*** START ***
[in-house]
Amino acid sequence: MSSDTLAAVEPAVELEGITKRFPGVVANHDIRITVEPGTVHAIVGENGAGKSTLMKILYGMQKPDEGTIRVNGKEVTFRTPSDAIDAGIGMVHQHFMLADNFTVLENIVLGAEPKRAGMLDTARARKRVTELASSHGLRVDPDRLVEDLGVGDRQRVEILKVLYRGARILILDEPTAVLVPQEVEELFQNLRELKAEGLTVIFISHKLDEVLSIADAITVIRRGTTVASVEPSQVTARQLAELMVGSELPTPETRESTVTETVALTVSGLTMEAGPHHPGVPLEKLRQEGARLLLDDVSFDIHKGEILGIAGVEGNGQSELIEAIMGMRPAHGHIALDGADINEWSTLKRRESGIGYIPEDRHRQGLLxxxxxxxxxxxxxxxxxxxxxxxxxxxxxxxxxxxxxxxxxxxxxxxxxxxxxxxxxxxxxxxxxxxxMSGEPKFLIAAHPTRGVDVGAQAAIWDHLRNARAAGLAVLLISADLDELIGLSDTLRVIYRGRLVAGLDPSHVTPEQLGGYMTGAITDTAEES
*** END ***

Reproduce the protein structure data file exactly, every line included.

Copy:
[in-house]
Amino acid sequence: MSSDTLAAVEPAVELEGITKRFPGVVANHDIRITVEPGTVHAIVGENGAGKSTLMKILYGMQKPDEGTIRVNGKEVTFRTPSDAIDAGIGMVHQHFMLADNFTVLENIVLGAEPKRAGMLDTARARKRVTELASSHGLRVDPDRLVEDLGVGDRQRVEILKVLYRGARILILDEPTAVLVPQEVEELFQNLRELKAEGLTVIFISHKLDEVLSIADAITVIRRGTTVASVEPSQVTARQLAELMVGSELPTPETRESTVTETVALTVSGLTMEAGPHHPGVPLEKLRQEGARLLLDDVSFDIHKGEILGIAGVEGNGQSELIEAIMGMRPAHGHIALDGADINEWSTLKRRESGIGYIPEDRHRQGLLxxxxxxxxxxxxxxxxxxxxxxxxxxxxxxxxxxxxxxxxxxxxxxxxxxxxxxxxxxxxxxxxxxxxMSGEPKFLIAAHPTRGVDVGAQAAIWDHLRNARAAGLAVLLISADLDELIGLSDTLRVIYRGRLVAGLDPSHVTPEQLGGYMTGAITDTAEES